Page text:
NSA Hackers Help Themselves to Google's Cookies
When you see an ad that seems to know what you've been thinking, it may generate a creepy feeling that you're being spied upon. The technology that puts the ad in front of you is the tracking cookie, a mainstay of the online advertising industry. New revelations suggest it's not just marketers who like cookies, though. The NSA is using them to track and hack its targets.
The United States National Security Agency is using at least one type of Google cookie -- PREF, which stores a user's preferences -- to home in on the PCs of targets it wants to hack, according to a Washington Post report.
NSA's Special Source Operations division, which works with private companies to slurp data from the Internet's backbone and from the companies' servers, apparently is sharing information containing logins, cookies and Google PREFID with Tailored Access Operations, the agency's cyberwarfare intelligence-gathering unit.
TAO reportedly custom-builds software attacks and has software templates to break into common brands of routers, switches and firewalls.
"Cookie data is another layer of information on top of networking data and location data that [government] agencies use to correlate identities, locations and activities into a single profile that can help them assess risk," remarked Marc Gaffan, cofounder of Incapsula.
Move Over, Cookie Monster
The NSA has been using Google cookies to home in on targets to hack for some time.
NSA and its UK counterpart, GCHQ, were using cookies for Google's DoubleClick online advertising service to identify users of the Tor online anonymizer, The Guardian reported in October.
"The NSA has found a way to use data intended for a different purpose to its advantage," Maxim Weinstein, security advisor at Sophos, told TechNewsWorld.
More About the PREF Cookie
The PREF cookie is virtually guaranteed to pop up in any browser.
For example, it emerged in Mac user Stephen Frankel's Safari browser even though he was blocking tracking cookies, had no Google accounts and was not visiting Google.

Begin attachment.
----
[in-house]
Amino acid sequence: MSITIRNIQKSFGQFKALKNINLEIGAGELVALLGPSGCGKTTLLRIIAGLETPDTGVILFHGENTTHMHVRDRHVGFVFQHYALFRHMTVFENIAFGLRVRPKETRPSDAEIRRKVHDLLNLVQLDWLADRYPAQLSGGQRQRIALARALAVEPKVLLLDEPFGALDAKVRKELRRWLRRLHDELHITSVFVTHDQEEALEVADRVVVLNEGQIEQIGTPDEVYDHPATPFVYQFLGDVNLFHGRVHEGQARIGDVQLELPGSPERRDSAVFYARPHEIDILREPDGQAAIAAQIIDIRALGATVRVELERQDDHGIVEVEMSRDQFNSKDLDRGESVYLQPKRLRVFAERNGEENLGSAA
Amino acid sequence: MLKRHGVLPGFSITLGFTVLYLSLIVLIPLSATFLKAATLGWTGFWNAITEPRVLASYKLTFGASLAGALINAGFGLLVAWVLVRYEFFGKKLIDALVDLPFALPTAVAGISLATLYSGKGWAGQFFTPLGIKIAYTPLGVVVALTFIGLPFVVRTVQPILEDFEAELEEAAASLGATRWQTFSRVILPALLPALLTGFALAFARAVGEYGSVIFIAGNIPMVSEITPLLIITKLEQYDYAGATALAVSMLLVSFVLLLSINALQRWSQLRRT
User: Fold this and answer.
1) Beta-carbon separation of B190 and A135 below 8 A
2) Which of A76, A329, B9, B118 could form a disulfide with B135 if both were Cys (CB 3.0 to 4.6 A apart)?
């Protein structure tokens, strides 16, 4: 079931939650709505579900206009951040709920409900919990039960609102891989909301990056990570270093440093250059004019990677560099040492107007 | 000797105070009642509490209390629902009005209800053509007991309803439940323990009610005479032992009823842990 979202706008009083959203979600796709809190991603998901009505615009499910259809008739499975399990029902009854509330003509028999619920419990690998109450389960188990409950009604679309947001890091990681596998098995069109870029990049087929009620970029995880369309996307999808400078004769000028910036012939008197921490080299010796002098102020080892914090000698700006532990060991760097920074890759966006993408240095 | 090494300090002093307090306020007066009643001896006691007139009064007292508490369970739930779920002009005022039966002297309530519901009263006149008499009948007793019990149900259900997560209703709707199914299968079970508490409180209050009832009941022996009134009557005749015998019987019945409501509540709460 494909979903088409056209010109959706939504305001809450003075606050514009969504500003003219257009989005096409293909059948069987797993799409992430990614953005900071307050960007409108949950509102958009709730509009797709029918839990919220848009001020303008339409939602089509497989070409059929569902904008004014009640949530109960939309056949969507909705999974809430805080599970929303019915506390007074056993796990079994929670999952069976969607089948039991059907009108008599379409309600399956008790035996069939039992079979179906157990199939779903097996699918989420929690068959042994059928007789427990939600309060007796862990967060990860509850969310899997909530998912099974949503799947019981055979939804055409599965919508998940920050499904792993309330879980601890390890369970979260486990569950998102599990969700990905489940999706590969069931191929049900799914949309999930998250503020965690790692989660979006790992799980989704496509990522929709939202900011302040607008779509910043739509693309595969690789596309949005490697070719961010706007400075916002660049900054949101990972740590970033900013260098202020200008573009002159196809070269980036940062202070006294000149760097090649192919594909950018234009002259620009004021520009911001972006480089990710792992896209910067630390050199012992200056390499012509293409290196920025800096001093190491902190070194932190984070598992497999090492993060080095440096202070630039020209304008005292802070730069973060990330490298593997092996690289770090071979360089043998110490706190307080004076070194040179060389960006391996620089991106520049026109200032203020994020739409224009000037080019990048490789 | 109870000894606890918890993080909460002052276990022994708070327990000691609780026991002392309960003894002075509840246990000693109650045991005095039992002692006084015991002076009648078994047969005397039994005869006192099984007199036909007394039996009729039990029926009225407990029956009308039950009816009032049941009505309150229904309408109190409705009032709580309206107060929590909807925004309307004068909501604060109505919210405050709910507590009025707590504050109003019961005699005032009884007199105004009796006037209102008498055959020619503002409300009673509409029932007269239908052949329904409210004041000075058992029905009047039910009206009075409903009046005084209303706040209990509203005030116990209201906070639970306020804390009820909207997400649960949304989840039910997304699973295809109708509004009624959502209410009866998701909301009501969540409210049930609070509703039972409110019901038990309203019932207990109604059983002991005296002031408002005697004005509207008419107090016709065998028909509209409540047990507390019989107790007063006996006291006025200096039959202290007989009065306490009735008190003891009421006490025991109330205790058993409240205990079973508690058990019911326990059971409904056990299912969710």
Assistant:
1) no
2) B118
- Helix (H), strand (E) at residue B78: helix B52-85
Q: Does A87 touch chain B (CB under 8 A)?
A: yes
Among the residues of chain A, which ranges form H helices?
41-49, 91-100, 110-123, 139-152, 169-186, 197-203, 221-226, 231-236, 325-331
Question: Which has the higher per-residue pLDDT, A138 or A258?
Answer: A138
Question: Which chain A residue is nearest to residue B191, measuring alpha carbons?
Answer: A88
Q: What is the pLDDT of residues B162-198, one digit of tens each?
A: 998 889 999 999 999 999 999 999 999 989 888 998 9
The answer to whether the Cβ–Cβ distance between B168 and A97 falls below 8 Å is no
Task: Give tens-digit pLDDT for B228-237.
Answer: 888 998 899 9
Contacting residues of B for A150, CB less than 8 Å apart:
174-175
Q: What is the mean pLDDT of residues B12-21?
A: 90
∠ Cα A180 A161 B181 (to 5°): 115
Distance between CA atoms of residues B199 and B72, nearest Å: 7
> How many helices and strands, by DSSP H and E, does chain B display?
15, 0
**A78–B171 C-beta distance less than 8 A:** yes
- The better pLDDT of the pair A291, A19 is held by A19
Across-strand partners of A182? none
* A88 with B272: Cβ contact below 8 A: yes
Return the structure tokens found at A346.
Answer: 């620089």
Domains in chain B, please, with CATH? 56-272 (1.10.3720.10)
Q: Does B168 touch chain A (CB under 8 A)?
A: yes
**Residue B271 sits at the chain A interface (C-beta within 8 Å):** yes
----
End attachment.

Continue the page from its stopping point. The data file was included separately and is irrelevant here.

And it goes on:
"One doesn't need to have a Google account or use Google to acquire a PREF cookie," Sophos' Weinstein explained. "Simply visiting a site with Google content embedded in it is sufficient."
There is no universal way to block tracking cookies, Weinstein said. Deleting existing PREF cookies, enabling Do Not Track, and disabling third-party cookies likely would keep a user's computer free of the PREF cookie.
However, that "doesn't have much effect on safely browsing the Internet or even evading NSA surveillance," Weinstein pointed out. "There are plenty of other cookies and methods of fingerprinting the NSA could use if they were looking to target a specific user."
A Knight in Tarnished Armor?
Following reports that it participated in the NSA's PRISM program, Google became vocal in its opposition to the agency's surveillance efforts.
Google previously called on the NSA for help when its network was penetrated by attacks originating in China.
These ties have given rise to speculation that perhaps Google's public opposition to the agency's surveillance activities is a public relations ploy.
"Is Google mad because this type of surveillance is interfering with its brand image?" asked Avni Rambhia, digital media industry manager at Frost & Sullivan. "Is it just a branding issue?"
On the other hand, "Google needs the U.S. government to thrive, and the U.S. government needs to work with Google because of [the company's] stature and reach," Rambhia told TechNewsWorld. "Google probably has more satellite maps than the NSA does."
Reach Out and Clobber Someone
There could be some justification for the NSA's approach, suggested Rambhia.
"Ultimately, the government is tasked with keeping a country safe," she explained.
"You start to see messy solutions to problems when the problems are messy and badly understood. If you had an outbreak of disease and didn't know what caused it, you'd shoot every antibiotic you had into yourself," Rambhia noted.
However, she added, "some transparency from the government on what they're doing and why, and information on the types of attacks they've stopped could be very helpful."